Location: near the Boqueria market off Las Ramblas
Genre: tapas bar
How we found it: After walking around for too long looking for a restaurant that wound up being closed, we found this place.
What we ate: shared several tapas: gazpacho, shrimp, tomato toast, patatas bravas, a tortilla espanola and our first taste of tinto de verano (Spanish summer wine).
Total cost: $50
Overall assessment: This tapas bar has excellent ambiance, situated in a quaint, enclosed garden. The food, though, was not as good as many of the other tapas we had during our time in Spain. I was not upset with our food, but I was not thrilled with them, either, and the gazpacho was the worst I had on our trip (and I ate a lot of gazpacho!).
Location: in the middle of Las Ramblas
Genre: exceptionally large market with dozens of vendors selling fruit, vegetables, seafood, meat, olives, cheeses, juice, candy, dried goods and some tapas/prepared food stands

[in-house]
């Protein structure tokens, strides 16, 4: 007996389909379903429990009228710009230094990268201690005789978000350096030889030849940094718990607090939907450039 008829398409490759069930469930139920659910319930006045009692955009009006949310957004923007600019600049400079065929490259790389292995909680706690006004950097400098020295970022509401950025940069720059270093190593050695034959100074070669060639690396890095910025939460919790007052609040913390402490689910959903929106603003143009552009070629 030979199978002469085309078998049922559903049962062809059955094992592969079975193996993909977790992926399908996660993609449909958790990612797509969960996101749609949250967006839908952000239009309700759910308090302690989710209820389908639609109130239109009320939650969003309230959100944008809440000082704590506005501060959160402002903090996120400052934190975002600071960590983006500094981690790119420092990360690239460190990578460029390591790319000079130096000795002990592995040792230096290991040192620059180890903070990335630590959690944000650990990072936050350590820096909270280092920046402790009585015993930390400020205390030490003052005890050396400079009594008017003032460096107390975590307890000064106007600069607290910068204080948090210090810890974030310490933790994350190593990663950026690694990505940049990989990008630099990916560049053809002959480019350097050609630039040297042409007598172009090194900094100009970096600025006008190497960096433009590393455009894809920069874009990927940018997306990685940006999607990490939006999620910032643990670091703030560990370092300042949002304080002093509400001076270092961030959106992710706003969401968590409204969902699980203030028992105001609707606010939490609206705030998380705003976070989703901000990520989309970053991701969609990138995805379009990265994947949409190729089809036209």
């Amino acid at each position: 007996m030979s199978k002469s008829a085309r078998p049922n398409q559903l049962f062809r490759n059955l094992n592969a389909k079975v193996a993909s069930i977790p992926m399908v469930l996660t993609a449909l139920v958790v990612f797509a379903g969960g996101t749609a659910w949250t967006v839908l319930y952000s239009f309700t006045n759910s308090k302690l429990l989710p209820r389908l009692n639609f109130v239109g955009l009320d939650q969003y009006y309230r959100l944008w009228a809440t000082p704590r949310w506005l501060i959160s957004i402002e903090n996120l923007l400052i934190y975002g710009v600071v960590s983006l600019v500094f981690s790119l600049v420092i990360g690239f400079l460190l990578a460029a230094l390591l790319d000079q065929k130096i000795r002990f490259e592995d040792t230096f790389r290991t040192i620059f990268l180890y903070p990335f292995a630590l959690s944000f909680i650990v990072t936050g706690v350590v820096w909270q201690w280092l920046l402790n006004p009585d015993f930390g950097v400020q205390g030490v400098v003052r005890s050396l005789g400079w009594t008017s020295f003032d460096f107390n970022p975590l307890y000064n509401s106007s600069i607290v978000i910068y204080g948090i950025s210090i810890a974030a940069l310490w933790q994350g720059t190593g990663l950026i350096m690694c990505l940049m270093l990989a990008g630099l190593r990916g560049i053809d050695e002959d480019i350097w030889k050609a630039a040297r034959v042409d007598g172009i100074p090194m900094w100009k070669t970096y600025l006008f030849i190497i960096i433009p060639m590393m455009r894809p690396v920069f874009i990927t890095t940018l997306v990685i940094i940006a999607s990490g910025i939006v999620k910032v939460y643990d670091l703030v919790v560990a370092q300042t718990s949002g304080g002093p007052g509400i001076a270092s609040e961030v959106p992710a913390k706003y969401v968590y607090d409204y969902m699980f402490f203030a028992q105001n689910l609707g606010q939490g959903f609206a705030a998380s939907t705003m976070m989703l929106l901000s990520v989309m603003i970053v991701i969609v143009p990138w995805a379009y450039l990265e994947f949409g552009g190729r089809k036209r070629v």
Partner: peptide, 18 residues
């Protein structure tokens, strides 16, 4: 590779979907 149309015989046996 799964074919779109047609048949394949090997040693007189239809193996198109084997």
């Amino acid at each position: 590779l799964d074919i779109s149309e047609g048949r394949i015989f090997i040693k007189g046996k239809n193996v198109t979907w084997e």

How we found it: If you walk along Las Ramblas, you can't miss it!
Matt is loving some amazing cod fritters...at 9 a.m.
Overall assessment: Better than a grocery store, this is a visually stunning place to walk around and grab a few snacks (or maybe even a complete meal!) while you're at it.
Note: Closed on Sundays.
Lonja de Tapas
Location: in La Ribera near the Picasso Museum -- Placeta Montcada 5
Genre: Tapas restaurant
How we found it: Walking around
What we ate: shared a pitcher of sangria and several tapas: patatas bravas with a wonderful aioli sauce, grilled calamari with garlic and parsley, a salad and mussels.
Total cost: $54
Overall assessment: This restaurant is part of a local chain of tapas bars, and it certainly knows what it's doing, from the food to the decor. This was one of the best meals we had in Spain. I'd highly recommend everything we ate with the exception of the mussels, which needed more seasoning.
Placta Montcada 5
Location: in La Ribera, again near the Picasso Museum